“I prefer to work to my strengths, rather than looking at what I’m not good at. Along with marketing, I’m the “out there” person that makes everything happen,” he says.

Jason Daniel - Warehouse

The importance of social media

Social media has been a big help for the brand, with nearly 250,000 followers across social channels. Daniel believes that his 15 young staff have helped the business to get on board with social media effectively. 

“It’s been a huge help to work with our core fans and followers and social has turned into a big part of our strategy,” he says.

“We’ve got a young workforce which helps too. The oldest person in the office is 33, and the youngest is 20.”

The business also works with a number of influencers on their social platforms, including famous wakeboarders, base jumpers, and surfers. Loose Kid even snagged a deal with BMX Olympic athlete Bodi Turner, who promotes the brand.

“He even does some modelling for us too, he’s a jack of all trades really,” Daniel says.

Loose Kid is stocked in over 350 retailers in Australia and is undergoing expansion in New Zealand. Daniel says getting stock into that many retailers was “a lot of work”, involving pushing the brand down the right avenues and getting the right people on board.

“We had some sales agents early on that we found weren’t really communicating the vision of the brand, they weren’t really doing it justice,” he says.

“With so many other players in this market, and making a mark is really hard when you know you’re not on the same level they are. You have to tell a story, and we found that our agents weren’t doing that.”

Daniel chose to take his sales team in-house and has seen great success since.

Dual channel retail

Loose Kid exists both in-store and online, running both channels simultaneously to get the unique benefits that each one offers.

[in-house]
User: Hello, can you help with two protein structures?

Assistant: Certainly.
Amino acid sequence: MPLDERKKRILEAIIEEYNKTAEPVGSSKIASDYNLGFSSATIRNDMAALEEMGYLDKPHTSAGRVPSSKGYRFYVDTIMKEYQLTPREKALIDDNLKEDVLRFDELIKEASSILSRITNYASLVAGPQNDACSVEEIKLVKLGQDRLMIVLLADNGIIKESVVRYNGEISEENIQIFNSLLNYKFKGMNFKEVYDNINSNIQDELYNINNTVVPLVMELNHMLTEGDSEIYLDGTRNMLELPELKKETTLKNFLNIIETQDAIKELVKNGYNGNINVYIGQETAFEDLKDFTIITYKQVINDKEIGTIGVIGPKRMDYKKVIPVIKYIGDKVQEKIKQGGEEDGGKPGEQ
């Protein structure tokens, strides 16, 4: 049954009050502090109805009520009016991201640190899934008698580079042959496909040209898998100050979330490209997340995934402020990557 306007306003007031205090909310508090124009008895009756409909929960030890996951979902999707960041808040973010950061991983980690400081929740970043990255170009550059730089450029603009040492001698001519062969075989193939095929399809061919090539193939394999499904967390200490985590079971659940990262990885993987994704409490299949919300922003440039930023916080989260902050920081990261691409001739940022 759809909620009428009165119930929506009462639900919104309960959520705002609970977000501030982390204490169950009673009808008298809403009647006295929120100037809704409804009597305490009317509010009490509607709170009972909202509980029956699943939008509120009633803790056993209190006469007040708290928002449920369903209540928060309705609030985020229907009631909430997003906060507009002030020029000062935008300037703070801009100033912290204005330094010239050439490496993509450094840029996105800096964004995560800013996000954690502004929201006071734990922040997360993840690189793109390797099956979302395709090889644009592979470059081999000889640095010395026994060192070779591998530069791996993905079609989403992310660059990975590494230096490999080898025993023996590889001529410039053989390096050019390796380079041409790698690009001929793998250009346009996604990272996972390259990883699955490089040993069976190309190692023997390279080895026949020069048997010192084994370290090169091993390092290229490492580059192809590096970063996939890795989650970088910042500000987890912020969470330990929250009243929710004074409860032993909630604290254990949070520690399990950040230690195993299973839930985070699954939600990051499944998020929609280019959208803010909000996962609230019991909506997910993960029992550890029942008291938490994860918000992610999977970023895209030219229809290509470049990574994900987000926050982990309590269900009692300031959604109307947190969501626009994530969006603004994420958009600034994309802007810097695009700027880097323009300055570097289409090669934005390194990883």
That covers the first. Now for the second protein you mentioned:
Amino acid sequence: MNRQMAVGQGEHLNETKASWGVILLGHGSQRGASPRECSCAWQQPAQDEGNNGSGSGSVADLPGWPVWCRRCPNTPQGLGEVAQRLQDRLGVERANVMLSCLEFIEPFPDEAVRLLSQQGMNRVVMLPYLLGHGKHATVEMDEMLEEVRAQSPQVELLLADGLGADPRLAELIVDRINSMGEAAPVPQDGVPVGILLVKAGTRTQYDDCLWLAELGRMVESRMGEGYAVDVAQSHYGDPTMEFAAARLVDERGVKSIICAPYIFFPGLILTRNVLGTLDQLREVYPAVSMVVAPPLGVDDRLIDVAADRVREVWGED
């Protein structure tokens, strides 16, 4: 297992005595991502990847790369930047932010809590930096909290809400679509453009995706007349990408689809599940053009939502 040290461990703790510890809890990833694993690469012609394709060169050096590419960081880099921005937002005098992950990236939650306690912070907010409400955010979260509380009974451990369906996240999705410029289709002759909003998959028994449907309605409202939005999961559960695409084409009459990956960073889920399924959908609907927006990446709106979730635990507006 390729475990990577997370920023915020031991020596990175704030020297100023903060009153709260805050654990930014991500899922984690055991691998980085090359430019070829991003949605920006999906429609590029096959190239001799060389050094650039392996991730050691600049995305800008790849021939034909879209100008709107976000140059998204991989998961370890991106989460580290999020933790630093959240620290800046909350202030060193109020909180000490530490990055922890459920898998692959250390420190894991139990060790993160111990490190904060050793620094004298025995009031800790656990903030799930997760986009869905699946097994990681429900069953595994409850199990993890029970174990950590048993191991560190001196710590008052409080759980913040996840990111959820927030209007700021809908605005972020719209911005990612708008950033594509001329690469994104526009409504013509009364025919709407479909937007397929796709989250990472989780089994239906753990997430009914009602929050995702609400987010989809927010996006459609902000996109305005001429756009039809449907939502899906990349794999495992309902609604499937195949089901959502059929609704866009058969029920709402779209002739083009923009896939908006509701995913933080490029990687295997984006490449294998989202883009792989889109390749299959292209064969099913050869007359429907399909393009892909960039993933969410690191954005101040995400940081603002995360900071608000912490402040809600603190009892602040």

“We try to support bricks and mortar retailers because we know it’s a hard landscape out there. At the same time, our e-commerce offering is really booming,” Daniel says.

“You’re never going to find a retailer that will stock and showcase your entire range, so that’s what e-commerce is so good for. It’s also really helped us grow overseas in places we don’t have retailers.”

Bricks and mortar are still a main player for Loose Kid, with Daniel revealing the business will be opening their own store soon.

Apart from that, Daniels says the focus is on “growing organically”, and the business has already picked up stockists in the UK and Taiwan.

“Our main focus right now though is definitely Australia and New Zealand.”

For other entrepreneurs, Daniel has some practical advice.

“Remember you don’t know everything. And stay lean when you’re starting up, things will come at you that you don’t expect,” he says.

“You’re always going to face problems, so it’s important to roll with the punches and go out and get it.”

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Dominic Powell

Dominic Powell is a journalist at SmartCompany and a tech and music geek. When he’s not writing, you can find him reading or browsing record shops.